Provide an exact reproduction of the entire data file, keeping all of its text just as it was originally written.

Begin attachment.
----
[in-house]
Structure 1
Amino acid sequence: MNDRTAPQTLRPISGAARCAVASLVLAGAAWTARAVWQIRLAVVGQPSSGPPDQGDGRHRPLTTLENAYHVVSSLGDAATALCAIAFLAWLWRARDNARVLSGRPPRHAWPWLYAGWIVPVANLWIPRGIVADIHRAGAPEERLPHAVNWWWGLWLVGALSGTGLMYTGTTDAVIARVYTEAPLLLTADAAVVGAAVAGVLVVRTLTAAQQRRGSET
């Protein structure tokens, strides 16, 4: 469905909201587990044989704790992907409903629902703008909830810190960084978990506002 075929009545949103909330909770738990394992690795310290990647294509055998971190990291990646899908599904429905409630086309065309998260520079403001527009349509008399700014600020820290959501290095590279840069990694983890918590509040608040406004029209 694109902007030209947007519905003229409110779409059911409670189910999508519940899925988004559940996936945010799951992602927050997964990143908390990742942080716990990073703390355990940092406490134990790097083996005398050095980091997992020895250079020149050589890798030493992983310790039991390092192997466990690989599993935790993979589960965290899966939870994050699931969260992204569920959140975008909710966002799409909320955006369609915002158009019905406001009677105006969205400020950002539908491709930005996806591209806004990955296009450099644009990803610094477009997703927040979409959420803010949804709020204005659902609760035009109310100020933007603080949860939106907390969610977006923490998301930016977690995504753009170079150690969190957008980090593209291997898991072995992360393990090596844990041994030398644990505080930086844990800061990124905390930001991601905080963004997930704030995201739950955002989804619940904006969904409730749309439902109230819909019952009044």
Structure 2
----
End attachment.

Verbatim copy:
[in-house]
Structure 1
Amino acid sequence: MNDRTAPQTLRPISGAARCAVASLVLAGAAWTARAVWQIRLAVVGQPSSGPPDQGDGRHRPLTTLENAYHVVSSLGDAATALCAIAFLAWLWRARDNARVLSGRPPRHAWPWLYAGWIVPVANLWIPRGIVADIHRAGAPEERLPHAVNWWWGLWLVGALSGTGLMYTGTTDAVIARVYTEAPLLLTADAAVVGAAVAGVLVVRTLTAAQQRRGSET
């Protein structure tokens, strides 16, 4: 469905909201587990044989704790992907409903629902703008909830810190960084978990506002 075929009545949103909330909770738990394992690795310290990647294509055998971190990291990646899908599904429905409630086309065309998260520079403001527009349509008399700014600020820290959501290095590279840069990694983890918590509040608040406004029209 694109902007030209947007519905003229409110779409059911409670189910999508519940899925988004559940996936945010799951992602927050997964990143908390990742942080716990990073703390355990940092406490134990790097083996005398050095980091997992020895250079020149050589890798030493992983310790039991390092192997466990690989599993935790993979589960965290899966939870994050699931969260992204569920959140975008909710966002799409909320955006369609915002158009019905406001009677105006969205400020950002539908491709930005996806591209806004990955296009450099644009990803610094477009997703927040979409959420803010949804709020204005659902609760035009109310100020933007603080949860939106907390969610977006923490998301930016977690995504753009170079150690969190957008980090593209291997898991072995992360393990090596844990041994030398644990505080930086844990800061990124905390930001991601905080963004997930704030995201739950955002989804619940904006969904409730749309439902109230819909019952009044």
Structure 2